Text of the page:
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proved elders preside, who have obtained that honor, not by price, but by the evidence of their fitness.”l Aged men, as such never presided in the church. Also these are expressed to have obtained their standing by testimony, and were consequently chosen. We have seen in Justin, that the eucharist was dispensed by the stpoko7ws, presiding presbyter. The same practice, though not '
mentioned by Clement, is recognised by Tertullian, his cotemporary. “We never take from the hand of others," says he, “than presidents, de aliorum manu quam presidentium, the sacrament of the eucharist, commanded by the Lord, in the time of his life, to all, even the nightly assemblies.”m In the same chapter, he has used the Latin word, antistes which exactly corresponds to #poko7w5; “Being about to go to the water, but a little before it, we testify in the church, in the presence of the president, sub antistitis manu, that we renounce the devil, and his pomp and angels.” That the names, Aposolws, agoro Tapevos, præses and antistes, which had been used for the first presbyter from the apostolic age, began to give place to the word encoxontos, episcopus, or bishop, is established by his exclusive agsignation of the exercise of the power last mentioned, to the bishop of every congregation in the following passage." "The highest presbyter, who is the bishop, summus sacerdos, qui est episcopus, has the right of granting baptism, afterwards the presbyters and deacons, dehinc presbyteri et diaconi, nevertheless, not without the authority of the bishop, for the honor of the church, which being preserved, its peace is secure; otherwise the right is also with the laymen.” The highest implies inferiors of the same kind. These were the presbyters, because no others had existed at this period, in any Christian church. That this diversity sprang, not from any original difference in order or office, is evident; because Tertullian expressly founds the superior
I“ Præsident probati quique seniores, honorem istum non pretio sed testimonio adepti." _Apol. c. 39.
DA De Corona, chap. 3, p. 341.
authority of bishops, upon its necessity to the preservation of the honour and peace of the church, and not upon any scriptural or apostolical ordination or appointment. Here are no lay-presbyters; yet the expediency alleged for degrading presbyters by a transfer of a part of their original authority to a presiding presbyter, bears some affinity to that, which is now made the excuse for conferring on elders the place and station of deacons in the church. The terms, “next the presbyters and deacons,” imply that baptism was not originally proper, only to the presiding elder; but the peace of the church appears to have been disturbed by the rivalship of presbyters, whose power of baptizing had been made an engine of raising adherents, and promoting divisions. The peace of the church required that it should be under the direction of the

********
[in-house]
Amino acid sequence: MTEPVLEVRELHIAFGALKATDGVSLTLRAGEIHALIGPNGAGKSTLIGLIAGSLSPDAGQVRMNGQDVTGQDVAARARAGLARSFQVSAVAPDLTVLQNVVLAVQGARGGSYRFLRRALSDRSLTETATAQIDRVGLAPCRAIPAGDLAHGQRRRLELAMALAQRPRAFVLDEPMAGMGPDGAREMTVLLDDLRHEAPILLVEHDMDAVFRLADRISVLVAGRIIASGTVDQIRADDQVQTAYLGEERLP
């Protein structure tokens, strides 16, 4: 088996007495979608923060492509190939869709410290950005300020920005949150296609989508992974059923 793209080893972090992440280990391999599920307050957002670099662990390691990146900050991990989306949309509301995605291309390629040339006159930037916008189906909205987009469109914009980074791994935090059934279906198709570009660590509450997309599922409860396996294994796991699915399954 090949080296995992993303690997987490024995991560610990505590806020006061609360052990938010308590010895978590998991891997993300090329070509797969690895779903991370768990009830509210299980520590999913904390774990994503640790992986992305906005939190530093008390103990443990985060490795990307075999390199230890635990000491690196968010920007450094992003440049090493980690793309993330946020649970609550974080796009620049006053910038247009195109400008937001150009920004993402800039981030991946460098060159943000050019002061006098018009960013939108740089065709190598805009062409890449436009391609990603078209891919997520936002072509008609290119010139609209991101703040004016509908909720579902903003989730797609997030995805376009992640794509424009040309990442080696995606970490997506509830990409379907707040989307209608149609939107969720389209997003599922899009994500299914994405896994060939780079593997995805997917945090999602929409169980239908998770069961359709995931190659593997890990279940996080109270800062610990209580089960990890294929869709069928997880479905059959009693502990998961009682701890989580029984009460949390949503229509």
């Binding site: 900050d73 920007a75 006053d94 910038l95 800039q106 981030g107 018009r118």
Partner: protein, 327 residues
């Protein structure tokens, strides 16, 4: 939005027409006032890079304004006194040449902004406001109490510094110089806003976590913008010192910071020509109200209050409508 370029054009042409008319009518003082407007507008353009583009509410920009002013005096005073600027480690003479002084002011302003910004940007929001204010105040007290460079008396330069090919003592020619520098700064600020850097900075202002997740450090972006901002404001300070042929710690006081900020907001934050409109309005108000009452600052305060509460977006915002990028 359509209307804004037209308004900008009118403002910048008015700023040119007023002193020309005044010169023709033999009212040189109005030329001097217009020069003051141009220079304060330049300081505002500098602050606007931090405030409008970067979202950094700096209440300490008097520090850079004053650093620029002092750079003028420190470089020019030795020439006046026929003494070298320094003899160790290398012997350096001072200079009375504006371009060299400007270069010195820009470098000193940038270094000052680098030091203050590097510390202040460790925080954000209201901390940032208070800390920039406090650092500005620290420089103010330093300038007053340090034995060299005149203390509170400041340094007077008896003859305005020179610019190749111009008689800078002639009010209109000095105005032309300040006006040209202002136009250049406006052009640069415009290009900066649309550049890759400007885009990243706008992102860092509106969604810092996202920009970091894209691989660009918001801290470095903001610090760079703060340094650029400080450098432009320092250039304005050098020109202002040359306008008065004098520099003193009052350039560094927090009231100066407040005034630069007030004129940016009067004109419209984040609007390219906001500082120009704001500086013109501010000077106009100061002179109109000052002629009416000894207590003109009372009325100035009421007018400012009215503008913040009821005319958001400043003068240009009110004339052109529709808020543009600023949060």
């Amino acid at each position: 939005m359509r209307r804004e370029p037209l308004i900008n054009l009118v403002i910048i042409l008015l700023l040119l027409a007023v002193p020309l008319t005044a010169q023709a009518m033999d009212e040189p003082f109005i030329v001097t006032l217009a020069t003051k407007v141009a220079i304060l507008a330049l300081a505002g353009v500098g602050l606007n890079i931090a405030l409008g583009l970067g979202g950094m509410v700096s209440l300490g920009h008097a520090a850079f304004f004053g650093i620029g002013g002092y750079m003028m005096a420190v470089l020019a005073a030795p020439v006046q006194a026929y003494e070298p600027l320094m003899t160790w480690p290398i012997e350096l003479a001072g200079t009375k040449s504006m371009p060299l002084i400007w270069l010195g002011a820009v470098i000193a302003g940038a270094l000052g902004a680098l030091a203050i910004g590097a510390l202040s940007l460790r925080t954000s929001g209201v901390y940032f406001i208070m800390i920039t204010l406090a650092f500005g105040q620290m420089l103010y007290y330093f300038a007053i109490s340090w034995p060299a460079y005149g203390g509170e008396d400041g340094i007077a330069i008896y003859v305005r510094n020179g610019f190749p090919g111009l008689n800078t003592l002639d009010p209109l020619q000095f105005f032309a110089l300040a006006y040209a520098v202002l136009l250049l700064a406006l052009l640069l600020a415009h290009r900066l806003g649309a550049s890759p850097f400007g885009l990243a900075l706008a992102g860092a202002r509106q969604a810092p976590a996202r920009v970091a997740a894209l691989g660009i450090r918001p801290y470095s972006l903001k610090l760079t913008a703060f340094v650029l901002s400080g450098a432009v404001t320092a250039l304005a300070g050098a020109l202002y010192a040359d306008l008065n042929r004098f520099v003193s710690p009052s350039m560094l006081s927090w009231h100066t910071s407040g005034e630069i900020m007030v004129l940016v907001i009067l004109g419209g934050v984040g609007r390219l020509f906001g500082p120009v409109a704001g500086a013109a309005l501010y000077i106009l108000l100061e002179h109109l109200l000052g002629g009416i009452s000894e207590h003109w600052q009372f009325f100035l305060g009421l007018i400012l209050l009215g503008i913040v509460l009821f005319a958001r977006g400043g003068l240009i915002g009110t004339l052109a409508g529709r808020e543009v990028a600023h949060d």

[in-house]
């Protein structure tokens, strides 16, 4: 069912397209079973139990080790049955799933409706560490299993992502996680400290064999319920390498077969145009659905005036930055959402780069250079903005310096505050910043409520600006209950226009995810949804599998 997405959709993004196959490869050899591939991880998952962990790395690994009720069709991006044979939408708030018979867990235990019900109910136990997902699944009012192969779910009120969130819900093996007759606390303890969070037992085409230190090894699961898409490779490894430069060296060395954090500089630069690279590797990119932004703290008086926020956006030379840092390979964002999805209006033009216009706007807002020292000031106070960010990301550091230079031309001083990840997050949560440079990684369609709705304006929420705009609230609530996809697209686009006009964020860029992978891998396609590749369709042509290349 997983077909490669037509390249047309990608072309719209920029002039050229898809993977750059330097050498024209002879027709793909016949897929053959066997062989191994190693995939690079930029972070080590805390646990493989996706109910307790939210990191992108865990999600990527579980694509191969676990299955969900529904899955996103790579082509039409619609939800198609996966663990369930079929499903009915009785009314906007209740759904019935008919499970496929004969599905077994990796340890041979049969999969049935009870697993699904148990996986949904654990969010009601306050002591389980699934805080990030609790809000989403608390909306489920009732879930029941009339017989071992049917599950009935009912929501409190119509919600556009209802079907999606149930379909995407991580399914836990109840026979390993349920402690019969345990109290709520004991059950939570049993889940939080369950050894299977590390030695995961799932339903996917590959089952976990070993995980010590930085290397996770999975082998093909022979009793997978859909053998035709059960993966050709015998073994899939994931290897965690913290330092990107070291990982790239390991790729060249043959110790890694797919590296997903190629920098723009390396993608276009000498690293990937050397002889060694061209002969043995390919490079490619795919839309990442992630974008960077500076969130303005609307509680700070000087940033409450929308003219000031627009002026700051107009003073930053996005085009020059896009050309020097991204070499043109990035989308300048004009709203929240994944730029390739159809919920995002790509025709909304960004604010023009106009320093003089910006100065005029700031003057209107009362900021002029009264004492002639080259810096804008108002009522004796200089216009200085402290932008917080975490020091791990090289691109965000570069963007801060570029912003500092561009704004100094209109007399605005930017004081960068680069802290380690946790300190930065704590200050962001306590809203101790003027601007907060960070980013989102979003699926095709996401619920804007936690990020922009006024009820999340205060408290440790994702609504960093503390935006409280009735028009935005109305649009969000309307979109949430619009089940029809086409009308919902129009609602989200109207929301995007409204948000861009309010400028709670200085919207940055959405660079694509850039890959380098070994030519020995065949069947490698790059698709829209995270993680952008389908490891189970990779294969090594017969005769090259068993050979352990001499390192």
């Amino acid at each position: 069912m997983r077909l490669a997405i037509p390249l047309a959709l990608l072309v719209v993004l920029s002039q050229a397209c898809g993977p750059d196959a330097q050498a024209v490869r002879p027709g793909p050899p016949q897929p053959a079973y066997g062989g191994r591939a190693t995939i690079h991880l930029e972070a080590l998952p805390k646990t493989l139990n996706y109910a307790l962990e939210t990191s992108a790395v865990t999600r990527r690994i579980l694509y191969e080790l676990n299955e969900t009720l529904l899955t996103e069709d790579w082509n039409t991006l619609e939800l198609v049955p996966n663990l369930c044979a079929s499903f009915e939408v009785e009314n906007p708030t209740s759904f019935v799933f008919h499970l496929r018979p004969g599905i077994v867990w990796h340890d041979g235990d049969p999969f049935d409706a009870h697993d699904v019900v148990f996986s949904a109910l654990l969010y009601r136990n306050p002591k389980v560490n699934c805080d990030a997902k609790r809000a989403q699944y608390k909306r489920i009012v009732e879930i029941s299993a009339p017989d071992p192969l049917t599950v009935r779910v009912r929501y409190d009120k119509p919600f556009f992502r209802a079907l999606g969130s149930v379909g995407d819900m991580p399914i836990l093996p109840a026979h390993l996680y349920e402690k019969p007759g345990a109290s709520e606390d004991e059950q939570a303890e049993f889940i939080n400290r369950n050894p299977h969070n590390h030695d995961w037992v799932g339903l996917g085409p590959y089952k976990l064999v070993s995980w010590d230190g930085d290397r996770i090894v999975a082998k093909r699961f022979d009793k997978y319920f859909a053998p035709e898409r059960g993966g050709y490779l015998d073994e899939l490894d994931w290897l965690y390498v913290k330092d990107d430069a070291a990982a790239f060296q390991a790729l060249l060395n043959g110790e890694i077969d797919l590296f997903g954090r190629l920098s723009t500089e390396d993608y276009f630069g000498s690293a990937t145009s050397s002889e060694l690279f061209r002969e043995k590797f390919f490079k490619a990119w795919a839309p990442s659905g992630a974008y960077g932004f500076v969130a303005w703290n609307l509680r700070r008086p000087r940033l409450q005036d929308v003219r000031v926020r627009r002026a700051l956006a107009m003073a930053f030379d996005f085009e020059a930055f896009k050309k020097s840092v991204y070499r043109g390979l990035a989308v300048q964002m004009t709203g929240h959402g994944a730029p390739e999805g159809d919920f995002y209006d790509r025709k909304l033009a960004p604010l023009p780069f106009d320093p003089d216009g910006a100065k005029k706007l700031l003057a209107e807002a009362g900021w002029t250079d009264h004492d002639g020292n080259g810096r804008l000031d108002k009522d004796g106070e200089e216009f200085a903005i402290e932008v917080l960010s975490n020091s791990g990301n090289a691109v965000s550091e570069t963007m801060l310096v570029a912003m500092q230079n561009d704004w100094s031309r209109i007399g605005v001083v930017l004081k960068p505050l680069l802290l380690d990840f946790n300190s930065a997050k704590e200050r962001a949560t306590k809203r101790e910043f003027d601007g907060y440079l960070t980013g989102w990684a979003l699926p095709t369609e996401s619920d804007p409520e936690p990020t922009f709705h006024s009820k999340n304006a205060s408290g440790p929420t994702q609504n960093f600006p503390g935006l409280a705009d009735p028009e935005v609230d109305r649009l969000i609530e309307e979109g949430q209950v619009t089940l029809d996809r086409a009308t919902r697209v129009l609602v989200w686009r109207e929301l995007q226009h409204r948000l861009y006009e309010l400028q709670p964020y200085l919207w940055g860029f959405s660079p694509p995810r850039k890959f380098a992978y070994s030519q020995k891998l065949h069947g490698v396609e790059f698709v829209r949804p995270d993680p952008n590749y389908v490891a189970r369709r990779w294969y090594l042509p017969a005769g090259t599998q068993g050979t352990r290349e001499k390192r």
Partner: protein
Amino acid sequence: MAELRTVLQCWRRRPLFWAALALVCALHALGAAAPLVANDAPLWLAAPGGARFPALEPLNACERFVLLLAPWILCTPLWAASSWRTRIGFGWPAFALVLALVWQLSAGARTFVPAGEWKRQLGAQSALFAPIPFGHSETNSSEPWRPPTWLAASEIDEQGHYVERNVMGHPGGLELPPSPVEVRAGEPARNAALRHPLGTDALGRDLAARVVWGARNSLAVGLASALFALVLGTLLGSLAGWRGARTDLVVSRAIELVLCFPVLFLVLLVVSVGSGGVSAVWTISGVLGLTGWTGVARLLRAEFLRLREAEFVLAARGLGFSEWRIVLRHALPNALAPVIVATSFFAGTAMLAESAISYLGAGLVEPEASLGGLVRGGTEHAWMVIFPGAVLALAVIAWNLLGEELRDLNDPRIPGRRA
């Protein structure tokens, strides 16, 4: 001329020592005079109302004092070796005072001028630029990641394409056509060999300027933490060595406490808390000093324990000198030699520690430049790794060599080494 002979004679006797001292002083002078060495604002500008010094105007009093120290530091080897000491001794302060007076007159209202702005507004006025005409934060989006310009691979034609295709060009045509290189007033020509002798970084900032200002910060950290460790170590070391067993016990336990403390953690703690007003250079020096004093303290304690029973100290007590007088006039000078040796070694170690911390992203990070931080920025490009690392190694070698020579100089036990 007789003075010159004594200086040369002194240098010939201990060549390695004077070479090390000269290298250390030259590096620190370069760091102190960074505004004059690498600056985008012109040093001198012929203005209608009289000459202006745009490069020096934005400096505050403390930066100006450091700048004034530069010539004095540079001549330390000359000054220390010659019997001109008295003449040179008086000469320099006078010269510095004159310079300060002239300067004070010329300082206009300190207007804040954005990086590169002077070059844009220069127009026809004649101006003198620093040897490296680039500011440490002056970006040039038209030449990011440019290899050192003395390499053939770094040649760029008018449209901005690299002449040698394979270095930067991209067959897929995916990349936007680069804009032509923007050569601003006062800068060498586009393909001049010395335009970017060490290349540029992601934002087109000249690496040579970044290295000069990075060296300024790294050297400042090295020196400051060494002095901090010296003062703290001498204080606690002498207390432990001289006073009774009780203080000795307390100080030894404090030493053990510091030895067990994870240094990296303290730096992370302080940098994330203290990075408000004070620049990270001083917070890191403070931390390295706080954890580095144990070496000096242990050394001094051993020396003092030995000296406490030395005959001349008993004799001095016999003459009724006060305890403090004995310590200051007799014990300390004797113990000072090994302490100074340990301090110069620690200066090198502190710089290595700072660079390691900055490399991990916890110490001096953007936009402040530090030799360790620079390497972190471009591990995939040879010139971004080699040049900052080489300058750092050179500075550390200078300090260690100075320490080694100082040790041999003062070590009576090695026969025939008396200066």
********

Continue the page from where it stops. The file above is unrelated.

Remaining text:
presbytery in every congregation, and be performed by the presiding presbyter, or by some other for him. If the original power of these presbyters, which expediency only suspended, authorized their administration of ordinances, they were not lay elders. The implied concession of a power in deacons to do the same things, and the position, that the right existed in laymen, show, not merely that, had there been lay-presbyters, they might have baptized, but that the presbyters spoken of, were not laymen.
He expresses his opinion, “That the authority of the church appointed, constituit
, the difference between the order and the people, inter ordinem et plebem.". But that authority he must have understood to have been exercised in the days of the apostles; for he challenges the heretics to prove their doctrine by uninterrupted tradition, through successive bishops from the apostles; by which bishops, and the other presbyters, he must have meant the order of which he has spoken in the singular. “Let them show the commencements of their churches-let them tell the series of their bishops, so descending by succession from the beginning, that the first bishop shall have had some author or predecessor from the apostles, or apostolic men, who continued constantly with the apostles; for in this manner the apostolic churches deduced their own genealogies; thus the church of Smyrna, having Polycarp, relate that he was located there by John; thus the church of Rome, having Clement, put forth that he was ordained by Peter; in the same manner, also, other churches present those whom, placed in the episcopacy by the apostles, they account the propagators of the apostolic cion.”p The originality of doctrines was to be proved by that of the churches; and this could be shown by the successions of the presiding officers.
o Opera Tertulliani à Semler, vol. iii. p. 119.